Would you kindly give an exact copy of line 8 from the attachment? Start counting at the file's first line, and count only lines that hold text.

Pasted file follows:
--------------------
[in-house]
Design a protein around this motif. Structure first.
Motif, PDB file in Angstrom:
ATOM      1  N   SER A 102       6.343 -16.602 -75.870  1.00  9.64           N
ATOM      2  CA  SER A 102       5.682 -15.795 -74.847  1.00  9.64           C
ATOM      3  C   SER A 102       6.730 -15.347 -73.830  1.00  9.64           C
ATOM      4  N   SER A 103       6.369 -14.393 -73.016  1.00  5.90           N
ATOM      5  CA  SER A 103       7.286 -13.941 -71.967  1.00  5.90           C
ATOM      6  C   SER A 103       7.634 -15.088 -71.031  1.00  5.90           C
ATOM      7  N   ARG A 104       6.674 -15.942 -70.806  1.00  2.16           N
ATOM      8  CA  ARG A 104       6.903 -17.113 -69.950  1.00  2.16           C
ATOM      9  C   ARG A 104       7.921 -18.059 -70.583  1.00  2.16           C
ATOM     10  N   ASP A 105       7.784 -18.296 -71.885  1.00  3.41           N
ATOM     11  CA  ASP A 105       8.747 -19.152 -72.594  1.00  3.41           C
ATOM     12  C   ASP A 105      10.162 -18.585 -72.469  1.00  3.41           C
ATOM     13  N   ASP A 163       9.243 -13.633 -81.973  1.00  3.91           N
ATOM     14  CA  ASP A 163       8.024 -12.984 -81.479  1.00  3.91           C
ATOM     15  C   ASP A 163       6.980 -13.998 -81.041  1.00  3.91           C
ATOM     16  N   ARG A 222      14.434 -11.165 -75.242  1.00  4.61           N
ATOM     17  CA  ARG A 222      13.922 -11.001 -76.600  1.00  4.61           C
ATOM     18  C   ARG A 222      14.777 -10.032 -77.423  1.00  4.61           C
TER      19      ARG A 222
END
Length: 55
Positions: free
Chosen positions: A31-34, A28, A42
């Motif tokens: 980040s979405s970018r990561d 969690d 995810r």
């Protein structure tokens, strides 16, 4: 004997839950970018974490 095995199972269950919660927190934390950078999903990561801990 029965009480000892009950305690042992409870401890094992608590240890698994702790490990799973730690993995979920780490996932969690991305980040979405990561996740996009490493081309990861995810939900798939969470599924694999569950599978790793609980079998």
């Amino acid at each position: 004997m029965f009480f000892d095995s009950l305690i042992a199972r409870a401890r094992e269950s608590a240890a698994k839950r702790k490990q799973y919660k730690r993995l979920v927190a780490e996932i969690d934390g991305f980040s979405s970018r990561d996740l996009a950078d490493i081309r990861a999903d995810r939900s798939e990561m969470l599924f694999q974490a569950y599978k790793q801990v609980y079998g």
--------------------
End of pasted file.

ATOM      5  CA  SER A 103       7.286 -13.941 -71.967  1.00  5.90           C